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Infection and immunity

Anthrax lethal toxin induces ketotifen-sensitive intradermal vascular leakage in certain inbred mice.


PMID 16428776

Abstract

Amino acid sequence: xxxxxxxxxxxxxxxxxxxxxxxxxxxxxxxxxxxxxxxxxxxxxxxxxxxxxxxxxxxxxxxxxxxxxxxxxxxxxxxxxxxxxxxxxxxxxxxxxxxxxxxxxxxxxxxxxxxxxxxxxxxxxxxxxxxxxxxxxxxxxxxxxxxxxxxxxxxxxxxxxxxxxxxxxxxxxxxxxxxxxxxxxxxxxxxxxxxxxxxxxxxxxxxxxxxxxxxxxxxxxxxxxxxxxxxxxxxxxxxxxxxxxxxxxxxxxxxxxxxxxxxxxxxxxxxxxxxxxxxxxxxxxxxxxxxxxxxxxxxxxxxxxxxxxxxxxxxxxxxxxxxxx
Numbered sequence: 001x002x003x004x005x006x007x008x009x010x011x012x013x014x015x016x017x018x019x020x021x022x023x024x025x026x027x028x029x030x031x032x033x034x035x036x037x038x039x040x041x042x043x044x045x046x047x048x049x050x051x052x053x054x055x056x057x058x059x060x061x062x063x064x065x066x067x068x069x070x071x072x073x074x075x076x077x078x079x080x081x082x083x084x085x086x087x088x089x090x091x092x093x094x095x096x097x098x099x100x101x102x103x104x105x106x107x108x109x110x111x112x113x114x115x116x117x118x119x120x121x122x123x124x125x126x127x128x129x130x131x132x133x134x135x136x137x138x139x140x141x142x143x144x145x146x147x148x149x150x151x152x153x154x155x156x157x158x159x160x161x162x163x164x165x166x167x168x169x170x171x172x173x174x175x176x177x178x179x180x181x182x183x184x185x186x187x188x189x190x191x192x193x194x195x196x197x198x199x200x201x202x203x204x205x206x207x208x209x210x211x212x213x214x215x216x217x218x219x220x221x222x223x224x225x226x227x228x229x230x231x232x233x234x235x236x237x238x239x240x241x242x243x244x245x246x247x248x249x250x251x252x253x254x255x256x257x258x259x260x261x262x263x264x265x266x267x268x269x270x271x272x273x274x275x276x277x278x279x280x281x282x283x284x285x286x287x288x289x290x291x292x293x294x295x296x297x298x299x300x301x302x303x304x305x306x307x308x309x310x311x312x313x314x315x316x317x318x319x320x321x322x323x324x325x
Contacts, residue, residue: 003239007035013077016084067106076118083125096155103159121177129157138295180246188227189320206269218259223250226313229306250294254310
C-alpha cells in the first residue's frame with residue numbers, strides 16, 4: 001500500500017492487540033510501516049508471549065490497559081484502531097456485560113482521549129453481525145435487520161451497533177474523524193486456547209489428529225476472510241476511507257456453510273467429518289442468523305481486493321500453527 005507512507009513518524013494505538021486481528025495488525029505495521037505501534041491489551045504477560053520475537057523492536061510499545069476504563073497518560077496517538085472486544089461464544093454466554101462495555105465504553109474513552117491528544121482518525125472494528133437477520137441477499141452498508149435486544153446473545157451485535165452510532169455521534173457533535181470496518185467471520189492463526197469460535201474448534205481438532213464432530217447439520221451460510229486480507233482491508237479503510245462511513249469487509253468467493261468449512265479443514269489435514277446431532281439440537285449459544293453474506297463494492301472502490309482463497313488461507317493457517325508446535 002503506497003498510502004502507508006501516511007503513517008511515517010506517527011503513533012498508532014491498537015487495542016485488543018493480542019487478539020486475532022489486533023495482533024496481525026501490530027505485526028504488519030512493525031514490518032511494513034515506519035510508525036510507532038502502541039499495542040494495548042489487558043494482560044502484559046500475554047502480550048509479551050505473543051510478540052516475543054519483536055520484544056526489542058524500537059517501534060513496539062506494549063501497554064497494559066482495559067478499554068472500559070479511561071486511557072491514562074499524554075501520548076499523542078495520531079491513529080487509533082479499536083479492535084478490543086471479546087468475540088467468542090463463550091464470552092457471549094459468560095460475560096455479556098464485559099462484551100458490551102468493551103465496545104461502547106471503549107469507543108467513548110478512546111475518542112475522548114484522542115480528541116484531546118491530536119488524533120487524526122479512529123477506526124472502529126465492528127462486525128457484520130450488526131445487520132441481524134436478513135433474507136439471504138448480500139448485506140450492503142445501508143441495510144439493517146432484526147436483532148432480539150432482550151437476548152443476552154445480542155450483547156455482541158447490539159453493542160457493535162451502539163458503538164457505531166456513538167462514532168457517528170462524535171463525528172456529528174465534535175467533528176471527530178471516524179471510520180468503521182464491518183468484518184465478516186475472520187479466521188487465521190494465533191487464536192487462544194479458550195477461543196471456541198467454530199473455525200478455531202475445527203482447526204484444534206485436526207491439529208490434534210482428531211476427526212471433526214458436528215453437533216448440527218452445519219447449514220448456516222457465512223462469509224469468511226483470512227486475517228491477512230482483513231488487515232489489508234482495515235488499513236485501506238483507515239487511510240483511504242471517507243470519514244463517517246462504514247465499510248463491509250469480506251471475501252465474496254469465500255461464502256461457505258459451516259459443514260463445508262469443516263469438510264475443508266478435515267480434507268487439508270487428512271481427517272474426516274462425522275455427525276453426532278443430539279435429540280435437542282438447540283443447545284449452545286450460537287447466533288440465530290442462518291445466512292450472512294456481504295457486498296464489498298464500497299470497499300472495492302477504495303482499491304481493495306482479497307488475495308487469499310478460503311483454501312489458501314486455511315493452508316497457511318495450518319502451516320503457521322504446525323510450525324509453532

Bacillus anthracis lethal toxin (LT) is a bipartite toxin composed of protective antigen (PA) and lethal factor (LF). Injection of LT produces clinical signs characteristic of anthrax infection, including pleural edema and vascular collapse in various animal models. We utilized the classic Miles leakage assay to quantify vascular leakage in mice. LT injected intradermally induced leakage as early as 15 to 25 min in some inbred mouse strains, but not in others, whereas PA or LF individually did not induce leakage. A third component of anthrax toxin, edema factor, did not induce leakage alone or with PA. Leakage was quantified in eight mouse strains, and no correlation was found between sensitivity to intradermal leakage and sensitivity to the lethality of systemically administered LT. The leakage could be inhibited by ketotifen, an inhibitor of mast cell degranulation, but not by azelastine, a histamine receptor 1 antagonist, or by ketanserin, a serotonin 5-HT2A receptor antagonist. LT was cytotoxic to MC/9 mast cells (in vitro) by 7 h after toxin treatment but did not induce histamine release from these cells. Mast cell-deficient mice exhibited the leakage event and had no increased resistance to systemic LT. Human umbilical vein endothelial cells were resistant to LT over 12 h, with only 20% of cells succumbing by 24 h, suggesting that endothelial cell killing is not the cause of the rapid LT-mediated leakage event. We describe here a ketotifen-sensitive vascular leakage event induced by LT which is the most rapid in vivo or in vitro LT-mediated effect reported to date.

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